How AI can fill in ‘potholes’ in workflow processes
- By Sara Friedman
- Jun 07, 2017
Private-sector firms like medical technology company Becton Dickinson use chatbots and automated processes to fill “potholes,” or interruptions, in an efficient workflow. They fill in forms, scrape content from web pages, collect social media statistics and follow if/then rules to pave the way for the company’s human workforce.
The Government Services Administration’s Justin Herman also sees chatbots as one component of an artificial intelligence solution for the federal government that relies on a “no wrong door” approach.
Herman, who leads GSA’s Emerging Citizen Technology Program Office, wants to create a “unified intelligent backend” for government services that leverages call centers, bots or emails to respond to customer needs. “When it comes to the potholes, we want to make it so eventually someone will not have pick up the phone to get answers,” he said.
“Once we have the information in that database, people can provide a minimum amount of information and intelligently get the maximum amount in return,” Herman said at June 6 Government Intelligent Automation Forum event hosted by KPMG.
GSA launched the government’s first virtual assistant pilot in April to test how agencies can integrate voice-enabled technologies from Microsoft, Amazon and Google into their everyday customer requests.
KPMG sees three classes or levels of robotics and cognitive automation. The first class deals with basic rules-based process automation for transactional, routine and mundane tasks that don’t require much human intervention. The second class focuses on enhanced process automation, is used for learning and pattern recognition of unstructured data. The last class, cognitive automation, features advanced decision algorithms, natural language processing and big data analytics -- platforms similar to IBM’s Watson that can help organizations with decision support.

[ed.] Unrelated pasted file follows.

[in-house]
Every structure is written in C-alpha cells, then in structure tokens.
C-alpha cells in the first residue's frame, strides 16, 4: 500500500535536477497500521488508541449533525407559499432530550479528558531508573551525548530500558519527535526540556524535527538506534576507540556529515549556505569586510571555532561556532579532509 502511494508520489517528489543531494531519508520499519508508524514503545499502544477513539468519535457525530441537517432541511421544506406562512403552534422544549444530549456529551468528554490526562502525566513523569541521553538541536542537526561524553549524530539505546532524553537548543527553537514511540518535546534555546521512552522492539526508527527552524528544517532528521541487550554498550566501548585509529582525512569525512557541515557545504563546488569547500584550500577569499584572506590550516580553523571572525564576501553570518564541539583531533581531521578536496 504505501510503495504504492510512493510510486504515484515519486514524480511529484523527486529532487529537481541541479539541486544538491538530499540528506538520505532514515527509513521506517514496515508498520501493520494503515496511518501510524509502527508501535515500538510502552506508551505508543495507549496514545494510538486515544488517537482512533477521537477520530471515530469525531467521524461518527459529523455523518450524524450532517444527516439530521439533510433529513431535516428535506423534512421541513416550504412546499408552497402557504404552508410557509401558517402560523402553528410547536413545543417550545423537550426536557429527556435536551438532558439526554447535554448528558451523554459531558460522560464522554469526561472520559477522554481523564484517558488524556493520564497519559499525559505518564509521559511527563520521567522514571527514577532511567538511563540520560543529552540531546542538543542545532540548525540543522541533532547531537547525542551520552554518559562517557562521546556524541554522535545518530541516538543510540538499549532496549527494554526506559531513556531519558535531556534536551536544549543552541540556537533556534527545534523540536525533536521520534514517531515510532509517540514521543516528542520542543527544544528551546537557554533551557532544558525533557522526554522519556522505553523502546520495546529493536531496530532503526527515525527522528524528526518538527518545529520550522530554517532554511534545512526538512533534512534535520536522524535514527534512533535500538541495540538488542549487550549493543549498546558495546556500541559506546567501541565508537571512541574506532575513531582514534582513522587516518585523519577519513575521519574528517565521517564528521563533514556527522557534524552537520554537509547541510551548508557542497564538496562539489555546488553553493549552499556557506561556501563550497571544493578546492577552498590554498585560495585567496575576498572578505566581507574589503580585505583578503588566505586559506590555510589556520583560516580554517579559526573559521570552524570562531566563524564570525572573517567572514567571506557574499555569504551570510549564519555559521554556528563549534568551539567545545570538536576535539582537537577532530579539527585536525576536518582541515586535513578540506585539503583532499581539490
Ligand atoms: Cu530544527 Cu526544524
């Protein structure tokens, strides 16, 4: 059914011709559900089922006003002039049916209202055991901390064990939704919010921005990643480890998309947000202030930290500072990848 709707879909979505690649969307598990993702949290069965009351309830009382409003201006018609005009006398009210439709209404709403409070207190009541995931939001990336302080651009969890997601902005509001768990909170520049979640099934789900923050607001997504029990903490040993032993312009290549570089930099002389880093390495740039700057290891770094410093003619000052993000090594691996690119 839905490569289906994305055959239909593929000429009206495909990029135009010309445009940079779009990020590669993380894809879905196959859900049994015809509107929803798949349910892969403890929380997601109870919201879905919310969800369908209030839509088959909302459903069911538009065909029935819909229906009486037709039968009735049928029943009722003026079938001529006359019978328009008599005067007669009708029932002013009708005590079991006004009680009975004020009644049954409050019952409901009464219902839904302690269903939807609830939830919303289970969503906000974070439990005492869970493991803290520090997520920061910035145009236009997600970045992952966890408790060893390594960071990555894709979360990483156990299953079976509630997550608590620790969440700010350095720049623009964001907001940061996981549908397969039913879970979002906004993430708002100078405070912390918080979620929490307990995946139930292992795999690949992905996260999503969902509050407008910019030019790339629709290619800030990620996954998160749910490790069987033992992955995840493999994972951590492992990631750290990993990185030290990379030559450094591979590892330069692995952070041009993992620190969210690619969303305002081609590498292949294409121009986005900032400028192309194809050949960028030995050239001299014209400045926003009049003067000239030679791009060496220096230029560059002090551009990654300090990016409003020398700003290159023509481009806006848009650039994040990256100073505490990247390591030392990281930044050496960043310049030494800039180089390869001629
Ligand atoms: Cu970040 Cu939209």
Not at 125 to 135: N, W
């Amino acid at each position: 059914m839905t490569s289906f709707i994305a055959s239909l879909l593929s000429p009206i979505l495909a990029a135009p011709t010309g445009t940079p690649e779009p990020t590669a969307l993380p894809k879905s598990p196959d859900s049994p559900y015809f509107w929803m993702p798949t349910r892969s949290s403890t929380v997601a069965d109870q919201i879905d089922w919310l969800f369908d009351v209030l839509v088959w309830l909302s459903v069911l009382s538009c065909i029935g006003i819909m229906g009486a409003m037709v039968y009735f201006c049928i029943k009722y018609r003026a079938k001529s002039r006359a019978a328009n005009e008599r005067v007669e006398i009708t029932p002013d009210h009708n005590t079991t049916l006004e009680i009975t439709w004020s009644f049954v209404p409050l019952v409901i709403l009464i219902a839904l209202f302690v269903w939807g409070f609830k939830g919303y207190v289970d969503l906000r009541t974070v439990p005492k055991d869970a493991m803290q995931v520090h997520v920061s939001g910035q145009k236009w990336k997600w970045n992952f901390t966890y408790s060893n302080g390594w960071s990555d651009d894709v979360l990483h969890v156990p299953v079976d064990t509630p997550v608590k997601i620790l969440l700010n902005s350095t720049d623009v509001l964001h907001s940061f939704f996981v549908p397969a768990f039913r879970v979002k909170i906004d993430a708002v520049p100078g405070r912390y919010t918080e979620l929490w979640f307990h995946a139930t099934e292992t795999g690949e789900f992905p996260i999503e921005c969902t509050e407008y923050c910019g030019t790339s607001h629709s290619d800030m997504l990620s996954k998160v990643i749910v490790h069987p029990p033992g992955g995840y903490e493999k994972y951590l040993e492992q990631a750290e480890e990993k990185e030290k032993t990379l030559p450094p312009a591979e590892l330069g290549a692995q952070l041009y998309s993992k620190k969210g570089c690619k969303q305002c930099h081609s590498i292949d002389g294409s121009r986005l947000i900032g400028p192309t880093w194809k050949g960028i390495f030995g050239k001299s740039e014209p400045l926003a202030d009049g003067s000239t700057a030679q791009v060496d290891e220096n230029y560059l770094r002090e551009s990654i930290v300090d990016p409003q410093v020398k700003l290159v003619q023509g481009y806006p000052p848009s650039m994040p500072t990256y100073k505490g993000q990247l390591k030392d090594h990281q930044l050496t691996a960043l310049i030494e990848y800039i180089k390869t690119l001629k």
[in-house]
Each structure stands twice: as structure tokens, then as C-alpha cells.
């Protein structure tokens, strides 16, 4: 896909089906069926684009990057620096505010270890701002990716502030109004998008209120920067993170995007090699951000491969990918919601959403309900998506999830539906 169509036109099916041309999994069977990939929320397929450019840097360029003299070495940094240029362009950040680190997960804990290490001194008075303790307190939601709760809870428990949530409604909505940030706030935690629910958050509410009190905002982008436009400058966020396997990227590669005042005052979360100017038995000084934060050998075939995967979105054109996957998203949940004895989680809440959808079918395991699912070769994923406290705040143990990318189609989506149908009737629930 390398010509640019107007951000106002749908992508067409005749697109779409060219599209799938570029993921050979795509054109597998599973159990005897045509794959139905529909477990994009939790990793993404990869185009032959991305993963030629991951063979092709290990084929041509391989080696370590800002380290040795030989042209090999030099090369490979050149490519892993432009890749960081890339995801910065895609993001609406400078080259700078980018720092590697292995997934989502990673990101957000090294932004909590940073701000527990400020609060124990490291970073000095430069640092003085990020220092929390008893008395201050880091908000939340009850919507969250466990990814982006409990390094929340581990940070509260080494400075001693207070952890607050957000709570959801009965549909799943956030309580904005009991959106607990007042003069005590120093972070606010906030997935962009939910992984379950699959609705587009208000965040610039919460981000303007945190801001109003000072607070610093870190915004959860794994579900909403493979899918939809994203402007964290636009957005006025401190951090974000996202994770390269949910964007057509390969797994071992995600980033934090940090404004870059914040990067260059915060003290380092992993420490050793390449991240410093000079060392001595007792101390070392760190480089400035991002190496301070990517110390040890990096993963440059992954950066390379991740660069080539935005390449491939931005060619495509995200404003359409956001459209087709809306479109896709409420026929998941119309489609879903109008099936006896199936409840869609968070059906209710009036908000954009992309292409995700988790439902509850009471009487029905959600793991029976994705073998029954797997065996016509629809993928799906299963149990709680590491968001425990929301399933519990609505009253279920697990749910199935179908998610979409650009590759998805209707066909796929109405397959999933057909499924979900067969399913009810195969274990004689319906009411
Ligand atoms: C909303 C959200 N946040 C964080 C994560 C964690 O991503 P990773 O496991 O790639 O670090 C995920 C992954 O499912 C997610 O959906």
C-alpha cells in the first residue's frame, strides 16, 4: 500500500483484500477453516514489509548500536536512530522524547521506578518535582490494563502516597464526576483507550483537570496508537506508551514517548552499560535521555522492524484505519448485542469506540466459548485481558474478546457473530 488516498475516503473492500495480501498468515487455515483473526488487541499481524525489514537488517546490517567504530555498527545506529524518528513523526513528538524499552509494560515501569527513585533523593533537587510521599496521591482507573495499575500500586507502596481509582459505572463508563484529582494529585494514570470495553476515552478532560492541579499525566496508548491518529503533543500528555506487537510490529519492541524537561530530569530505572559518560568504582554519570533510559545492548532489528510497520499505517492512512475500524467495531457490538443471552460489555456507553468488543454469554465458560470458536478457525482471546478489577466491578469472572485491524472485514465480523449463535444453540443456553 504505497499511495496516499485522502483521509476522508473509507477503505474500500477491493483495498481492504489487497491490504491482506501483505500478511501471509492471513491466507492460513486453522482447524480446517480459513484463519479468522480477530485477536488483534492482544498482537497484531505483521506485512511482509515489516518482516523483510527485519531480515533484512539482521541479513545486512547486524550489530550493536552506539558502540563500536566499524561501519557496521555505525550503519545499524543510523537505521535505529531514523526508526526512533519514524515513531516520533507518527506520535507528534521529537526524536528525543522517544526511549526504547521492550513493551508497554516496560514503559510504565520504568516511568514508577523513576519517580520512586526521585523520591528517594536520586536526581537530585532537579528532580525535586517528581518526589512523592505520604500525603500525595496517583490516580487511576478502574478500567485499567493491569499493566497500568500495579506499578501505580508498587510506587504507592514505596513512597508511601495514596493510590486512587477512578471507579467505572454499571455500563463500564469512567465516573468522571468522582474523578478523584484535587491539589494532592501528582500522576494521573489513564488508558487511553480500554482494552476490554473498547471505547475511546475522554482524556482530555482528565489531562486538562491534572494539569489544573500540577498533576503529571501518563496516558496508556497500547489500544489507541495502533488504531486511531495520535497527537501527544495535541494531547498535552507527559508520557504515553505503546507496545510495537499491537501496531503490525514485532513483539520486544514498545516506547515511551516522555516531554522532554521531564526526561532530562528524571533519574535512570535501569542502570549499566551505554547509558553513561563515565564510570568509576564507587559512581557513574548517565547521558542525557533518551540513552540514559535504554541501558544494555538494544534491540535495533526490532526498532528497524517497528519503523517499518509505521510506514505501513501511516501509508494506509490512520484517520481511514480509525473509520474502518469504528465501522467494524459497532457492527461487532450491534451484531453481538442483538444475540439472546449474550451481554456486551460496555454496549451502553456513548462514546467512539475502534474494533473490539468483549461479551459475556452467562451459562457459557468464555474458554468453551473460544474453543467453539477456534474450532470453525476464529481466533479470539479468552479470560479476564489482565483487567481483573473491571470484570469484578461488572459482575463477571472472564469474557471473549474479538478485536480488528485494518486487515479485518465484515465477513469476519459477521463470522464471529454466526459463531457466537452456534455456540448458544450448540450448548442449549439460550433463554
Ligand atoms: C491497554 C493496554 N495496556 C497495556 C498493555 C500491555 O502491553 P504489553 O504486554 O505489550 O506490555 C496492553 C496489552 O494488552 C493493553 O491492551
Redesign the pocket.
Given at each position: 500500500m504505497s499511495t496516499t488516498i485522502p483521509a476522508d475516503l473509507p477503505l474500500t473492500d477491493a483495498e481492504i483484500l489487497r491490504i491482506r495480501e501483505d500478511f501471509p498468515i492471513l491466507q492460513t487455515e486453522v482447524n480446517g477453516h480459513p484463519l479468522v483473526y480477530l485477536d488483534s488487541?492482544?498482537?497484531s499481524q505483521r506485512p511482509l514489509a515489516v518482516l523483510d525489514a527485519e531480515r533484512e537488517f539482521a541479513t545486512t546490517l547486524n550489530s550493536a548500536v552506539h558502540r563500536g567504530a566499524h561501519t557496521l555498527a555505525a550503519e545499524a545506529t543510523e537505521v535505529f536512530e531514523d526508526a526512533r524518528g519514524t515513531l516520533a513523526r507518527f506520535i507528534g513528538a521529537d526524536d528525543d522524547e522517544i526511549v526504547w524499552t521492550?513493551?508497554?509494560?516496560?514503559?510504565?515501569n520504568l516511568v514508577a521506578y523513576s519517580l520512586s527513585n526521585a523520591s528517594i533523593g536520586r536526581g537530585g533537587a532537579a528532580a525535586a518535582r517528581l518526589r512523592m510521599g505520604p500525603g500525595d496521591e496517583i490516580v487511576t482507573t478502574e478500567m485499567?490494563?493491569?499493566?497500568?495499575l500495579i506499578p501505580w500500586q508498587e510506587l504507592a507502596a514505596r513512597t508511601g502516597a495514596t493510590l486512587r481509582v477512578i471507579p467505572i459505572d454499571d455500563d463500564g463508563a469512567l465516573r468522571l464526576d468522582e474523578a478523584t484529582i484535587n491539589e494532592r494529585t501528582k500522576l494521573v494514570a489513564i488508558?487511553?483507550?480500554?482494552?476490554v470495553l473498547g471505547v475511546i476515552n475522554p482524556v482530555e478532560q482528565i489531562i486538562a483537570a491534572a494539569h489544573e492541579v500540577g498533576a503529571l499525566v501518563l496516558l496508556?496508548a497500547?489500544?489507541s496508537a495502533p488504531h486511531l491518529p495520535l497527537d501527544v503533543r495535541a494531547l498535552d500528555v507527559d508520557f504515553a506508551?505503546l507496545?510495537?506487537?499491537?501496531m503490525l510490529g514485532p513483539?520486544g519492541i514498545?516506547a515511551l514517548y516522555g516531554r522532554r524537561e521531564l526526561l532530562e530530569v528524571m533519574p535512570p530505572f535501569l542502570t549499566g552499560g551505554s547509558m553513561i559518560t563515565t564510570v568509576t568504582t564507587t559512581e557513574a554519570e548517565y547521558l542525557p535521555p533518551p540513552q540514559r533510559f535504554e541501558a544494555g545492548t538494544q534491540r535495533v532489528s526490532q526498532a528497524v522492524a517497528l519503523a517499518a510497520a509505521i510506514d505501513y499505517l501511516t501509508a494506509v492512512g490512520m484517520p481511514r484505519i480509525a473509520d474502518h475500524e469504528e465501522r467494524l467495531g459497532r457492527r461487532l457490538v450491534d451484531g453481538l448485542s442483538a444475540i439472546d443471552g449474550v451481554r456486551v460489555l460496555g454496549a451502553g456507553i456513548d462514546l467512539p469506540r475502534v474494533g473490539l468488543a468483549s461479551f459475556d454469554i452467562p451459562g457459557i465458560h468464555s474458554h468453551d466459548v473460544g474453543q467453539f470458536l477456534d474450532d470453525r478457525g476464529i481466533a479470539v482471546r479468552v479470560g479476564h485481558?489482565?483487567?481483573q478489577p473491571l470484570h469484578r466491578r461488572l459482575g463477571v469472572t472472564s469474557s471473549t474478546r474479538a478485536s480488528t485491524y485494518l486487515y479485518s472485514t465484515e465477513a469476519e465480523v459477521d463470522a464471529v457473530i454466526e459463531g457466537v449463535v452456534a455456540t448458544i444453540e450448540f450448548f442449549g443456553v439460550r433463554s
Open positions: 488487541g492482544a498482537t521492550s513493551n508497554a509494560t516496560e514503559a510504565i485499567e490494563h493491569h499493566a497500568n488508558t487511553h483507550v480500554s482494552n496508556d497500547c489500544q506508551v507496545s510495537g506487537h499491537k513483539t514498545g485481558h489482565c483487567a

The largest opportunity for the federal government currently comes from the first class – automating government employee functions.
The Department of Commerce, for example, is working to migrate services to common platforms to better meet the needs of its 12 different, federated bureaus, Executive Director of Enterprise Services Glenn Davidson said.
“We have 44 separate tools for HR, four legacy systems for finance and three legacy systems for acquisition, so we are challenged with the migration,” Davidson said. “We are creating futuristic processes and forcing the standardization before we begin to do anything else.”
Davidson sees robotics as a useful tool to help his departments deal with compliance, reduce error rates and increase efficiency and effectiveness.
During a separate discussion, Food and Drug Administration CIO Todd Simpson explained how technology can help manage the vast amount of data coming from inspections.
In 2015, for example, the FDA began work on a program to bring all of the agency’s food inspection processes online through the use of mobile devices.
“We automated all of our field inspection audit processes so we don’t do any paper inspections anymore,” Simpson said. “We leveraged a [choose your own device] program where everything is done electronically through tablets now.”
With the amount of data being collected through field inspections, one of Simpson’s current areas of interest is using AI to make sense of all of the data.
“My challenge is not only [to] connect with all of these technologies … but also connecting with my customers on the inside to understand their needs.”
Sara Friedman is a reporter/producer for GCN, covering cloud, cybersecurity and a wide range of other public-sector IT topics.
Before joining GCN, Friedman was a reporter for Gambling Compliance, where she covered state issues related to casinos, lotteries and fantasy sports. She has also written for Communications Daily and Washington Internet Daily on state telecom and cloud computing. Friedman is a graduate of Ithaca College, where she studied journalism, politics and international communications.
Friedman can be contacted at email@example.com or follow her on Twitter @SaraEFriedman.
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